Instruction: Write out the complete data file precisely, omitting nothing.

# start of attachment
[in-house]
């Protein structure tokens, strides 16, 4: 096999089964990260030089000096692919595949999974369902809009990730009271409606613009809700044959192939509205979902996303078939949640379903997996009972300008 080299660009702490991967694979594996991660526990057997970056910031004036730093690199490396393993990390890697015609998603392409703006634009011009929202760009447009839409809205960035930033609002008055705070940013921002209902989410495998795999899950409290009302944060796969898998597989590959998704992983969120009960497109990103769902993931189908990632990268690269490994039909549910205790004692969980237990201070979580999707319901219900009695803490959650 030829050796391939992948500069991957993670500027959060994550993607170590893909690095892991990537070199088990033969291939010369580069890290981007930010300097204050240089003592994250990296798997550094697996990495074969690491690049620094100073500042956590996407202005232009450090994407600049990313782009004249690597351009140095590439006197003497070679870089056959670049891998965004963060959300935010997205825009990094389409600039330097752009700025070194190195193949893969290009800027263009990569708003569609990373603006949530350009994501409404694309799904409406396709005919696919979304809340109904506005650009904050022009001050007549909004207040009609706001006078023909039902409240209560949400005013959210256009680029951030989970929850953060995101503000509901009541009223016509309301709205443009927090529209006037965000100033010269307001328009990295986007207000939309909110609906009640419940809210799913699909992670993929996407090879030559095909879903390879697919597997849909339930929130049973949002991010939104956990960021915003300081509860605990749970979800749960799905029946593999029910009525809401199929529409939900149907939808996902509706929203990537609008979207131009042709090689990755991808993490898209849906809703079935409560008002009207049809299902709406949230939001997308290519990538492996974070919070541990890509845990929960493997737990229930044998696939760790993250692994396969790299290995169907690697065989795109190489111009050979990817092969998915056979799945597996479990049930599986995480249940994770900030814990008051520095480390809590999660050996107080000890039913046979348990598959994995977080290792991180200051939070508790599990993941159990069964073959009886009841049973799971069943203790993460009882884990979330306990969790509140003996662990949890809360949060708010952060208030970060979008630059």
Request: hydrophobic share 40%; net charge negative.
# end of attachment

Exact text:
[in-house]
């Protein structure tokens, strides 16, 4: 096999089964990260030089000096692919595949999974369902809009990730009271409606613009809700044959192939509205979902996303078939949640379903997996009972300008 080299660009702490991967694979594996991660526990057997970056910031004036730093690199490396393993990390890697015609998603392409703006634009011009929202760009447009839409809205960035930033609002008055705070940013921002209902989410495998795999899950409290009302944060796969898998597989590959998704992983969120009960497109990103769902993931189908990632990268690269490994039909549910205790004692969980237990201070979580999707319901219900009695803490959650 030829050796391939992948500069991957993670500027959060994550993607170590893909690095892991990537070199088990033969291939010369580069890290981007930010300097204050240089003592994250990296798997550094697996990495074969690491690049620094100073500042956590996407202005232009450090994407600049990313782009004249690597351009140095590439006197003497070679870089056959670049891998965004963060959300935010997205825009990094389409600039330097752009700025070194190195193949893969290009800027263009990569708003569609990373603006949530350009994501409404694309799904409406396709005919696919979304809340109904506005650009904050022009001050007549909004207040009609706001006078023909039902409240209560949400005013959210256009680029951030989970929850953060995101503000509901009541009223016509309301709205443009927090529209006037965000100033010269307001328009990295986007207000939309909110609906009640419940809210799913699909992670993929996407090879030559095909879903390879697919597997849909339930929130049973949002991010939104956990960021915003300081509860605990749970979800749960799905029946593999029910009525809401199929529409939900149907939808996902509706929203990537609008979207131009042709090689990755991808993490898209849906809703079935409560008002009207049809299902709406949230939001997308290519990538492996974070919070541990890509845990929960493997737990229930044998696939760790993250692994396969790299290995169907690697065989795109190489111009050979990817092969998915056979799945597996479990049930599986995480249940994770900030814990008051520095480390809590999660050996107080000890039913046979348990598959994995977080290792991180200051939070508790599990993941159990069964073959009886009841049973799971069943203790993460009882884990979330306990969790509140003996662990949890809360949060708010952060208030970060979008630059």
Request: hydrophobic share 40%; net charge negative.